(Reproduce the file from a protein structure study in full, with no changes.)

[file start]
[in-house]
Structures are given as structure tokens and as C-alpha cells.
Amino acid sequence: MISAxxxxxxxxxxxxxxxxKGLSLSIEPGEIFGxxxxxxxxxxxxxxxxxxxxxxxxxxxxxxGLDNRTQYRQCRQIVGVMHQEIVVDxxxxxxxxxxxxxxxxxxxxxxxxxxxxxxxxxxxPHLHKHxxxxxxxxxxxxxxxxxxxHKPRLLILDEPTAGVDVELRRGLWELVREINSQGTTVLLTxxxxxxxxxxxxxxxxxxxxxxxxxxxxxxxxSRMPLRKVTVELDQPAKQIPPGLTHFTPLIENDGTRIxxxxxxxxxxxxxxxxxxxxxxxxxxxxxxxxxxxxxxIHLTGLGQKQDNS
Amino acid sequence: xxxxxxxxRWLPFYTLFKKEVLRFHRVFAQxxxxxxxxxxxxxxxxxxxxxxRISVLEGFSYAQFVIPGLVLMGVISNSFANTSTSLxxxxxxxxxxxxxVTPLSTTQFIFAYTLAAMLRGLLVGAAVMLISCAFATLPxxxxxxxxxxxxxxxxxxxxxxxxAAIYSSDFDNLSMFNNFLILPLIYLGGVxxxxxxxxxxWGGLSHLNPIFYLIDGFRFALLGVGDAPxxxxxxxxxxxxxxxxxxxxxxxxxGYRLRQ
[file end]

[in-house]
Structures are given as structure tokens and as C-alpha cells.
Amino acid sequence: MISAxxxxxxxxxxxxxxxxKGLSLSIEPGEIFGxxxxxxxxxxxxxxxxxxxxxxxxxxxxxxGLDNRTQYRQCRQIVGVMHQEIVVDxxxxxxxxxxxxxxxxxxxxxxxxxxxxxxxxxxxPHLHKHxxxxxxxxxxxxxxxxxxxHKPRLLILDEPTAGVDVELRRGLWELVREINSQGTTVLLTxxxxxxxxxxxxxxxxxxxxxxxxxxxxxxxxSRMPLRKVTVELDQPAKQIPPGLTHFTPLIENDGTRIxxxxxxxxxxxxxxxxxxxxxxxxxxxxxxxxxxxxxxIHLTGLGQKQDNS
Amino acid sequence: xxxxxxxxRWLPFYTLFKKEVLRFHRVFAQxxxxxxxxxxxxxxxxxxxxxxRISVLEGFSYAQFVIPGLVLMGVISNSFANTSTSLxxxxxxxxxxxxxVTPLSTTQFIFAYTLAAMLRGLLVGAAVMLISCAFATLPxxxxxxxxxxxxxxxxxxxxxxxxAAIYSSDFDNLSMFNNFLILPLIYLGGVxxxxxxxxxxWGGLSHLNPIFYLIDGFRFALLGVGDAPxxxxxxxxxxxxxxxxxxxxxxxxxGYRLRQ